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Crude oil imports into Europe surged by close to 1 million bpd last month, Bloomberg reports, citing a sharp rise in Brent crude prices.
Nigeria, the United States, and Brazil were among the exporters that benefited from the price trend caused by maintenance at several large producing fields in the North Sea and a recovery, albeit weak, in oil demand on the continent.
“The arbitrage to Europe has opened up, and that should encourage higher inflows particularly from the U.S. and perhaps also Nigeria whilst Indian demand remains in doubt,” consultancy FGE’s head of short-term market research James Davis said, as quoted by Bloomberg.
“The increasing demand from Europe could be tied to anticipation of easing up on lockdowns in the months to come,” according to Emmanuel Belostrino, an analyst at Kpler, as quoted by Bloomberg.
Oil prices recorded two consecutive weeks of gains despite the surge in Covid-19 cases in India, which is among the world’s top importers of oil. While cases in India rose by six figures every day, Europe and the United States began to reopen more actively thanks to vaccinations, which spurred optimism for demand.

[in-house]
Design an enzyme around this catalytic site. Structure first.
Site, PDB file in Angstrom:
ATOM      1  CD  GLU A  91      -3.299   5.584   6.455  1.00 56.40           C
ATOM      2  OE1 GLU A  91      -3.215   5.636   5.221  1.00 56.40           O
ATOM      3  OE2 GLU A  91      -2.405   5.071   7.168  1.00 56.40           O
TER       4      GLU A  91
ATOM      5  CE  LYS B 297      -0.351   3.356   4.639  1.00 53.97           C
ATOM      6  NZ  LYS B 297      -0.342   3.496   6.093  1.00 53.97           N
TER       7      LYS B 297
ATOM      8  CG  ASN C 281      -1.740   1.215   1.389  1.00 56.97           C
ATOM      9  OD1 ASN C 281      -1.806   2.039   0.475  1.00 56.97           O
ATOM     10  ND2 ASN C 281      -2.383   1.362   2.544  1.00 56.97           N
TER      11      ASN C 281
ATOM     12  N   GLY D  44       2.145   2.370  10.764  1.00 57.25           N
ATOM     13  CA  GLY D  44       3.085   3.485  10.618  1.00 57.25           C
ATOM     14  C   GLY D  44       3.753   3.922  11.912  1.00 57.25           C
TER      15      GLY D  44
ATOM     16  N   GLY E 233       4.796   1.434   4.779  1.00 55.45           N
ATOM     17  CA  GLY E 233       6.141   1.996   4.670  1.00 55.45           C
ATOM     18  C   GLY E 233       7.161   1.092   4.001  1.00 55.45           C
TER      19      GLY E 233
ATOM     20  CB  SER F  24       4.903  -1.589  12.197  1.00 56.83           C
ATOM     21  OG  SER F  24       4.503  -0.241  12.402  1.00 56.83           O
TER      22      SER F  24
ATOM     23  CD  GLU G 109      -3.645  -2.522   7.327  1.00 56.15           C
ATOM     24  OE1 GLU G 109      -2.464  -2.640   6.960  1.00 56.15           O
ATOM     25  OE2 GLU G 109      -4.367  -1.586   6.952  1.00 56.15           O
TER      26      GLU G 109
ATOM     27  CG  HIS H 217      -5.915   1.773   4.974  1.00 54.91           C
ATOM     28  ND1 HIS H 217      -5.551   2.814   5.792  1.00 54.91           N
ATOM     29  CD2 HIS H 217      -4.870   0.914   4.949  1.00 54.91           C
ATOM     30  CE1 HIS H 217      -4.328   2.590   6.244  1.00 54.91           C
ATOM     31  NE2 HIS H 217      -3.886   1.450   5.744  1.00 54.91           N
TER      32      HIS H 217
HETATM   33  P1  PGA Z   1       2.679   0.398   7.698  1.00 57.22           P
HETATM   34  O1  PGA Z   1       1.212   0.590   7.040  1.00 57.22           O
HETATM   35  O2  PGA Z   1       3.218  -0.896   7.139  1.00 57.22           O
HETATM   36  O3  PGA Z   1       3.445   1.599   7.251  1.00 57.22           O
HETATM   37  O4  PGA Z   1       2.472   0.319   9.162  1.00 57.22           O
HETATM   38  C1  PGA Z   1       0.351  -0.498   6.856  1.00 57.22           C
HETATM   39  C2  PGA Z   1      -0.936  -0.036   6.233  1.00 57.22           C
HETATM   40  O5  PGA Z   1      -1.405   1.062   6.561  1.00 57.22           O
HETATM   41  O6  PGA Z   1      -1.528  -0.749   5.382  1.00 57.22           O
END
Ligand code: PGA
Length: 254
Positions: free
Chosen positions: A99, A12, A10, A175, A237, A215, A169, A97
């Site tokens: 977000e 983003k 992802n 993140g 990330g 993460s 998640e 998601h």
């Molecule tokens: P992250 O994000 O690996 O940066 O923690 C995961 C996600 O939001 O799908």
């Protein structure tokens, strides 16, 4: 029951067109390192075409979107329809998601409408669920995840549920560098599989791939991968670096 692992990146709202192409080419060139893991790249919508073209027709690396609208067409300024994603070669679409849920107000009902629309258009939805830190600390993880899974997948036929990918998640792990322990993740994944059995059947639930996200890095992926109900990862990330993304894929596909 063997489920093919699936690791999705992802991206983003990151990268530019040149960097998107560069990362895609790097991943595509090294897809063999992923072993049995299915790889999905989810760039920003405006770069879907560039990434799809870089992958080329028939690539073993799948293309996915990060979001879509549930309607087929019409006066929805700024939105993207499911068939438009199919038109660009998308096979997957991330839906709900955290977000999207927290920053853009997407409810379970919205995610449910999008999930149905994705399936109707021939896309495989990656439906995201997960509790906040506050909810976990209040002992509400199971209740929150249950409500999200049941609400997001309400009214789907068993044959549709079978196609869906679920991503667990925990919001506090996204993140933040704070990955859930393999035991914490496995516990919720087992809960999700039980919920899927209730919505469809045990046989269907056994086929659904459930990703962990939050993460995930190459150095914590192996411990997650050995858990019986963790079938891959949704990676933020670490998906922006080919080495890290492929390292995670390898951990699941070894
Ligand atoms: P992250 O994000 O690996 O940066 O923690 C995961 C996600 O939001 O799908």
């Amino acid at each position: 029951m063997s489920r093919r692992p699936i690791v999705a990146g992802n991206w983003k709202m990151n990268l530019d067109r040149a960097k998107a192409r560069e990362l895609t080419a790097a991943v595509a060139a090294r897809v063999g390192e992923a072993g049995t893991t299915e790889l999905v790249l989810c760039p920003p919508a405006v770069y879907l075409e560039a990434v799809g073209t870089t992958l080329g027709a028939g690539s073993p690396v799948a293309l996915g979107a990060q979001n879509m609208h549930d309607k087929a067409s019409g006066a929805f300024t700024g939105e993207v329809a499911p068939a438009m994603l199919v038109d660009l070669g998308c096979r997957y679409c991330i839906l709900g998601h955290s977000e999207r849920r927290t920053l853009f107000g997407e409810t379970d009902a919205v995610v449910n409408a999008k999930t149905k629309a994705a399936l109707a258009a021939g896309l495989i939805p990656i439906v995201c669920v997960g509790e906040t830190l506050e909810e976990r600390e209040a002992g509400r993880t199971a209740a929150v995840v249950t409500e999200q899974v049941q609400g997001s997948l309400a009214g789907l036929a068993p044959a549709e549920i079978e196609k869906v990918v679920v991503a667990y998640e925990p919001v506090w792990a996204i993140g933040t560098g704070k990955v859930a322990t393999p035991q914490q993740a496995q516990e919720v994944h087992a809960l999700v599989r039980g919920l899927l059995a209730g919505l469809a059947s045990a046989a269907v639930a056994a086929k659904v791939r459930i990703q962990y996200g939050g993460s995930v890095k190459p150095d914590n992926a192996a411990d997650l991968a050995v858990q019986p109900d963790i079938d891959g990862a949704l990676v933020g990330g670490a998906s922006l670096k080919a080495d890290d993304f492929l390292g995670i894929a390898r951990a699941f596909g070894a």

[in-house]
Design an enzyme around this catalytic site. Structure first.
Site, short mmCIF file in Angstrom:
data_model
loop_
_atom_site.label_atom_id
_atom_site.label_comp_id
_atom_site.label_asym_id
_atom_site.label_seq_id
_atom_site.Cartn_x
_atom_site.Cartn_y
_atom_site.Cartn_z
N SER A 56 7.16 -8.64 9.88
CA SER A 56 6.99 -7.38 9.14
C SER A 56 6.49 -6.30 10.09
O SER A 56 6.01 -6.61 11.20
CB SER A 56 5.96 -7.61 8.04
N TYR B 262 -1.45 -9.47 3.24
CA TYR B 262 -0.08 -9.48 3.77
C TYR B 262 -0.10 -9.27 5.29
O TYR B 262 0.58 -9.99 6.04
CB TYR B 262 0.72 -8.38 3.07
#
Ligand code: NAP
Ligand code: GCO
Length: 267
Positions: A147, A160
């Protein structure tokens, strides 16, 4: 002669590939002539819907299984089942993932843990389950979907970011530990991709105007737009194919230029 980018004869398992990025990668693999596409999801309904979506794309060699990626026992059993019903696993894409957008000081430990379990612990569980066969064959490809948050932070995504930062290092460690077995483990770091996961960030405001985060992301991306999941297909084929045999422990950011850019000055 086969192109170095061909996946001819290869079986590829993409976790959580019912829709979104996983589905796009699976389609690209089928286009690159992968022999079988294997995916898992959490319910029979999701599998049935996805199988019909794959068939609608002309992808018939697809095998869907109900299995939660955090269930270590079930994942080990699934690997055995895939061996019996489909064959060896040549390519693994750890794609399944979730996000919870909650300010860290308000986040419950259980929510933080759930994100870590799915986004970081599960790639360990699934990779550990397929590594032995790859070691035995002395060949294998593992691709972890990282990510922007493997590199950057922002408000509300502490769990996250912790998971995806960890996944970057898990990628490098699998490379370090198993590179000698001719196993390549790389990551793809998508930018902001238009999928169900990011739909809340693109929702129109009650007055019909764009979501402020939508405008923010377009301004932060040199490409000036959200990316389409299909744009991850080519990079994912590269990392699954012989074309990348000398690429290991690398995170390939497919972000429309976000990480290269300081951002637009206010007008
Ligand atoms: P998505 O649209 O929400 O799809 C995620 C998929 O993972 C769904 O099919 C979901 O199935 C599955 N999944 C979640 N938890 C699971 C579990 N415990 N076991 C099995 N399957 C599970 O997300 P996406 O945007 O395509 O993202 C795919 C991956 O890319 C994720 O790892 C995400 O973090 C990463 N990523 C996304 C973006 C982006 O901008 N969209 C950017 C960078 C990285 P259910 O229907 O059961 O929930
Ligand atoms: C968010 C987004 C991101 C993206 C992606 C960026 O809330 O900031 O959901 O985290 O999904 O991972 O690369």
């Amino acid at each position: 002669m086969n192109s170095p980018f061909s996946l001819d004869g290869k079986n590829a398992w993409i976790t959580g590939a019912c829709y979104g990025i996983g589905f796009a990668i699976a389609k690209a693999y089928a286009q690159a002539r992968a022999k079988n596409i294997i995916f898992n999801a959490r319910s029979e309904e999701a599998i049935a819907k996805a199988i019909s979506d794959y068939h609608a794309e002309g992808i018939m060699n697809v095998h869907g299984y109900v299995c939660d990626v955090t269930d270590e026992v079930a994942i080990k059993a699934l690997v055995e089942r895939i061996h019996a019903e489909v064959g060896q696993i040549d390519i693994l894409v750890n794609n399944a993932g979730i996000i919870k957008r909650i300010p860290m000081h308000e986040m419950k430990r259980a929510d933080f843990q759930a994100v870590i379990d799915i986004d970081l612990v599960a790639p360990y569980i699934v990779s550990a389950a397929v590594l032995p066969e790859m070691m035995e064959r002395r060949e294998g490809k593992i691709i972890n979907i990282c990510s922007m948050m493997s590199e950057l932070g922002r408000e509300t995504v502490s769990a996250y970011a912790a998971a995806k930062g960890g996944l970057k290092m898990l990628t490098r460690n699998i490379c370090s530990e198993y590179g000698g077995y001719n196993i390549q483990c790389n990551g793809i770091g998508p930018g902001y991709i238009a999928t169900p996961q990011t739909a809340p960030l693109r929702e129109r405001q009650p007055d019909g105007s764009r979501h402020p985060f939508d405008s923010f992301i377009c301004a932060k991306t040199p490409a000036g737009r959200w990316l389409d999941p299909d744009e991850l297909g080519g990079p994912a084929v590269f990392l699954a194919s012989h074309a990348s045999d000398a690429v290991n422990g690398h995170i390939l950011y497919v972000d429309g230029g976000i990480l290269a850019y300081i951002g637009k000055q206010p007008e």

More and more U.S. states are reopening for business. In Europe, the EU has stated it plans to start allowing foreign tourists into the bloc as of June in a bid to avoid another destroyed summer season for its tourism industry.
“The euphoria over an accelerating US economy and summer reopening plans across the European Union remains in the driver’s seat for the oil complex,” Vanda Insights said in a market commentary on Friday.
It appears that even the Friday jobs report from the U.S. Labor Department, which revealed a much weaker recovery in hiring than expected, could not affect prices negatively despite the fact it suggested the recovery in employment may take longer than anticipated.
By Irina Slav for Oilprice.com
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Irina is a writer for Oilprice.com with over a decade of experience writing on the oil and gas industry.